For the past 50 years, the SRAM Portugal factory has crafted one of the most important components of any bike, the chain. The Coimbra facility began its life constructing bicycle and moped chains for the French manufacturer Peugeot until it was acquired by German bicycle manufacturer Sachs. Then, in 1997, SRAM bought Sachs bicycle division forming SRAM Portugal as we know it today.
From the outside, the Coimbra facility appears to be your typical office style building filled with desks, chairs, and computers. This newly constructed office space houses the business and engineering staff as well as a basement level test lab for new product development. And while this building is impressive, it pales in comparison to the original factory that looms behind it.
As you enter, large rolls of steel immediately catch your eye. The raw material is then fed into the stamping machines, creating the inner or outer plate for one of SRAM’s many chain variants. Following the ribbon of metal being drawn in for stamping, you start to realize just how massive of an operation this really is. The factory goes through a total of 50,000 kilograms of raw material per week, resulting in a grand total of over 3,400 miles of chain per year! A seriously impressive number especially considering how long the factory has been around.
Once the raw material has been converted to chain components, it undergoes multiple rounds of treatment designed to make it stronger and more durable. This includes both chemical and heat treatments with varying temperatures. Many of the machines used in this process date back to the early days of the factory and have been updated throughout the years to keep them running smoothly. Seeing the chain pieces being poured from furnaces into collection bins as the clanking machines echo in the background almost has a hypnotic vibe to it and gives you a real appreciation for how well it all comes together.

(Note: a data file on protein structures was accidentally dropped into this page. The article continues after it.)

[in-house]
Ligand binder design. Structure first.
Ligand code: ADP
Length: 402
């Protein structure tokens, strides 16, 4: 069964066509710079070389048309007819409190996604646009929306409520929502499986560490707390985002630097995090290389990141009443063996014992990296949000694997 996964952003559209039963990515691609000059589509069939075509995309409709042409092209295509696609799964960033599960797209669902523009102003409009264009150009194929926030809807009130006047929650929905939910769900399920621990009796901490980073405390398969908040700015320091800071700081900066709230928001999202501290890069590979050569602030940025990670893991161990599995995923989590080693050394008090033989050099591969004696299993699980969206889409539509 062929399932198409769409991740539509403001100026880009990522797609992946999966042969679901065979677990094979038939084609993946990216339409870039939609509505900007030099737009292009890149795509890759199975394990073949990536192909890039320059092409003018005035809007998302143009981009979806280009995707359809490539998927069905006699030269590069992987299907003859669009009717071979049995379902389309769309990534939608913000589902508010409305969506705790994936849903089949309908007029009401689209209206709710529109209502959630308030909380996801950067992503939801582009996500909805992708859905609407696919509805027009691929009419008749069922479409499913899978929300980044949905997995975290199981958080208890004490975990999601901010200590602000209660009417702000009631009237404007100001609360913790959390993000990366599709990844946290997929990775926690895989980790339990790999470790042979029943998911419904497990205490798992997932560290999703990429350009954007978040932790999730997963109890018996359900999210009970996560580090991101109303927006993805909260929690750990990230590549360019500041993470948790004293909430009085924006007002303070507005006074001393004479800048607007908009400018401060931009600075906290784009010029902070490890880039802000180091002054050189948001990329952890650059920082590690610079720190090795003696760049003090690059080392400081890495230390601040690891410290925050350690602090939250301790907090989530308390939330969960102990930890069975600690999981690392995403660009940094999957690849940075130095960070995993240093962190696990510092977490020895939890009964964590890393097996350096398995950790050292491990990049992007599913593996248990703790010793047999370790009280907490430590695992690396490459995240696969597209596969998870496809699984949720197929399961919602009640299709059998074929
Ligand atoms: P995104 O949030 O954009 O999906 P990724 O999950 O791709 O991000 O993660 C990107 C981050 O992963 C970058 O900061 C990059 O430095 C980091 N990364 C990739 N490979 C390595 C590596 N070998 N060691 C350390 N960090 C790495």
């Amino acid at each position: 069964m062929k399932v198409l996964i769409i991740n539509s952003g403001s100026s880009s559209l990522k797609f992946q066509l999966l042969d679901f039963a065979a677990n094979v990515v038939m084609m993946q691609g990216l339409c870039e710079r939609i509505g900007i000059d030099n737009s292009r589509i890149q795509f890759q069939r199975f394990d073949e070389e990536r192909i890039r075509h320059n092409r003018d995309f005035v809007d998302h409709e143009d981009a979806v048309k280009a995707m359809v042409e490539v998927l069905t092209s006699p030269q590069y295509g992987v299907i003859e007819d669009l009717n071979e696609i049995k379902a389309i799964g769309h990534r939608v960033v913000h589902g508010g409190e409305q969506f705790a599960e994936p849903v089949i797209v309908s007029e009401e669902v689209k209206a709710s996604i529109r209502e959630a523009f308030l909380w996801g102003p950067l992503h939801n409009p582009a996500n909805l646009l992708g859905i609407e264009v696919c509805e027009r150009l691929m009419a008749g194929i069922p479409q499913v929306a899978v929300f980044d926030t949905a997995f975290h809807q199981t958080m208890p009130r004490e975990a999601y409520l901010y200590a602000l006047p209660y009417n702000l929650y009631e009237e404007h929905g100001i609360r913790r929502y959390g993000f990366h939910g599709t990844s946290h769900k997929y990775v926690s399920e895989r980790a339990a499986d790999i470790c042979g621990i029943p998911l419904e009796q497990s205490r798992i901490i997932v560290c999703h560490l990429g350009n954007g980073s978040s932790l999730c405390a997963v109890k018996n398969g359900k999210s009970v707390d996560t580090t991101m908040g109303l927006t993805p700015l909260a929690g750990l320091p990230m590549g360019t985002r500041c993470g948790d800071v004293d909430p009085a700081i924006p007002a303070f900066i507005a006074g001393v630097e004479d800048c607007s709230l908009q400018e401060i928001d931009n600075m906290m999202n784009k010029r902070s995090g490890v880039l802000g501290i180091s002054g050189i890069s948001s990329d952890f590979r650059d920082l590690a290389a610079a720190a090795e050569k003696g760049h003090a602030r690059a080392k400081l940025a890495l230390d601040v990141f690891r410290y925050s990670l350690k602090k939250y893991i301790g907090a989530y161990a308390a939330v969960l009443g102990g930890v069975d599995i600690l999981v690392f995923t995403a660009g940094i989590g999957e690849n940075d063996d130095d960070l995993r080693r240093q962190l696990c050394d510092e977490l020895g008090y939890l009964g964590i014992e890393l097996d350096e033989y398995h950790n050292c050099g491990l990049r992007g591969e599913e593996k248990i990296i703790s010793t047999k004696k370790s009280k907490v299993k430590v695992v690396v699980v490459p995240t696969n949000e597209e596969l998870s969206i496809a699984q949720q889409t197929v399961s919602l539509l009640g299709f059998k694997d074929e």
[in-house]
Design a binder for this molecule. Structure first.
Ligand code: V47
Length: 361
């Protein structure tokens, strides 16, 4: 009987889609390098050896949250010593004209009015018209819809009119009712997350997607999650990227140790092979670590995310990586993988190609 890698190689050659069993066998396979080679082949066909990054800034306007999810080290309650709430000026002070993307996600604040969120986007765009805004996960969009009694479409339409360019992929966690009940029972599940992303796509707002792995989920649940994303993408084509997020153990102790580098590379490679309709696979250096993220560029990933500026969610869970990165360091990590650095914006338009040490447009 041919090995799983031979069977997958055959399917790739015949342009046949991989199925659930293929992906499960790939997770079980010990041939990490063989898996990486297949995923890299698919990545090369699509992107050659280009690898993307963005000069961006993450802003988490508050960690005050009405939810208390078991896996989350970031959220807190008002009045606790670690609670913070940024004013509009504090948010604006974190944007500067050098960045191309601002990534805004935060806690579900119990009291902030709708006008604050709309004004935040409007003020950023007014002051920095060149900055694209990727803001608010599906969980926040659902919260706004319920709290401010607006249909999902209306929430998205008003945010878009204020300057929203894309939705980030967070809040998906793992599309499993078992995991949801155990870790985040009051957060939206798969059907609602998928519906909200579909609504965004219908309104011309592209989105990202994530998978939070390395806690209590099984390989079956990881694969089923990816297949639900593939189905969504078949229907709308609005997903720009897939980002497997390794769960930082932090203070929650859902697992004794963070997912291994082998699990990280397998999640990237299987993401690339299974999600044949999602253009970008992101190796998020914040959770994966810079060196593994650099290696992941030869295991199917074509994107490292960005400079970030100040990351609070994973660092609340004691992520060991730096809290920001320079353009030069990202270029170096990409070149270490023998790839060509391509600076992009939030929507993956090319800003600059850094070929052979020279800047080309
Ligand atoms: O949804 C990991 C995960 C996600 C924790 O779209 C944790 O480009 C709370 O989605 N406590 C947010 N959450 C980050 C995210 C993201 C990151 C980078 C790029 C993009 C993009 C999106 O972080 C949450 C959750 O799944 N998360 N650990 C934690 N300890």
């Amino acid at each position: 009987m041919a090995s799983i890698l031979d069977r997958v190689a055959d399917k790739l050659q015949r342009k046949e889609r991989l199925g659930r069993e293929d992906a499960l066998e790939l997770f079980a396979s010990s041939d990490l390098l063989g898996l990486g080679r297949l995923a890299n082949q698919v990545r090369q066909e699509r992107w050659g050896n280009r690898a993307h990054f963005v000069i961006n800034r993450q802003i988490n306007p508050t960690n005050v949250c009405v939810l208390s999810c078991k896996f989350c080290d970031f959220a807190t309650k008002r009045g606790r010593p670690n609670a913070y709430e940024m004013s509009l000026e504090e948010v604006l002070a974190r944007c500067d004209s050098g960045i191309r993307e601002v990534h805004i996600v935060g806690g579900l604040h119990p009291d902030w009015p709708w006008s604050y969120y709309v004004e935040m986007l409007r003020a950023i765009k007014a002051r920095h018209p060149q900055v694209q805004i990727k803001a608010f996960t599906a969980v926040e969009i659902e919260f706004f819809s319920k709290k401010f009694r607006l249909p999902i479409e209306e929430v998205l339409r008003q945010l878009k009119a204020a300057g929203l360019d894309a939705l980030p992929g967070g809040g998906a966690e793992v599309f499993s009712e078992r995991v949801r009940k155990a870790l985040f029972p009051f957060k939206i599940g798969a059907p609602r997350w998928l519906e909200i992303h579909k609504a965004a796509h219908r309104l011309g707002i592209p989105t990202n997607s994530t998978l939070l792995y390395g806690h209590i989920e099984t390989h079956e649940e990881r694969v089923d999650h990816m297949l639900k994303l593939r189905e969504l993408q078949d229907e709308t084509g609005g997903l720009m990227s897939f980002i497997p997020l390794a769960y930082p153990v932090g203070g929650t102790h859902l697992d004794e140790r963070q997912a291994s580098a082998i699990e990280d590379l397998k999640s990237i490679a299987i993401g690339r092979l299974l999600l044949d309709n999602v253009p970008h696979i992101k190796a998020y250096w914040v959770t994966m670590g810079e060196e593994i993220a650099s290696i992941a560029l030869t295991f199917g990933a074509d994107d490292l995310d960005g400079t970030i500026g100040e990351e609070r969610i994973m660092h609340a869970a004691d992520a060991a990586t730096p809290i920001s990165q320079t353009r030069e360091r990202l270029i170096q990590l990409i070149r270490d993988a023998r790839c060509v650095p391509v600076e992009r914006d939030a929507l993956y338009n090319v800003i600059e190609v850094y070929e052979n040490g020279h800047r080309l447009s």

After the pieces are stamped and treated, they are placed into large bins and carted off to another room for final assembly. There, they are fed through multiple machines and scanners to test for anything that could compromise the chain. Quality is of the utmost importance here and no detail is overlooked. Piles of chains collect on the tables one after another. All while simultaneously being lubed, tested, and packaged for sale. Every little piece of the chain must be perfect and uniform in order to pass inspection and make its way onto retail shelves.
Although chains look simple, when you actually see the entire process in person you start to realize that is not the case. Chains these days are lighter, require more advanced manufacturing, and deal with more stress from riding. The amount of time, effort, and detail that SRAM puts into the development of their chains is truly mind-blowing. While there are tons of factories that have been operating for 40,50,60 years, not many have remained relevant like the Coimbra factory. Much of this is due to the strong connection between the people of Portugal and SRAM. A connection that is most definitely noticeable when walking around the facility. This place is truly special and filled with passionate workers that care deeply about making the best bike components possible.
Experiencing this process first hand gives you a true appreciation for the art of chain making. You are really able to see the detail and precision that goes into creating each individual component and are left with a sense of awe for the entire operation.
More recently, with the launch of the Zipp 3Zero Moto wheelset, the Coimbra facility has taken on the responsibility of assembling and shipping wheels out to the European market. Employees work diligently adding the final touches to the beautifully constructed carbon rims, ensuring that no detail is overlooked. Considering I was there about a week before the launch of the new wheelset, it was all hands on deck as they prepared for game day.
They say that the sign of a great factory is its ability to take something simple and improve on it every single day. For the past 50 years, all SRAM bicycle chains have been engineered and manufactured in Coimbra. A testament to the men and women that operate the facility, as well as the overall quality of the product.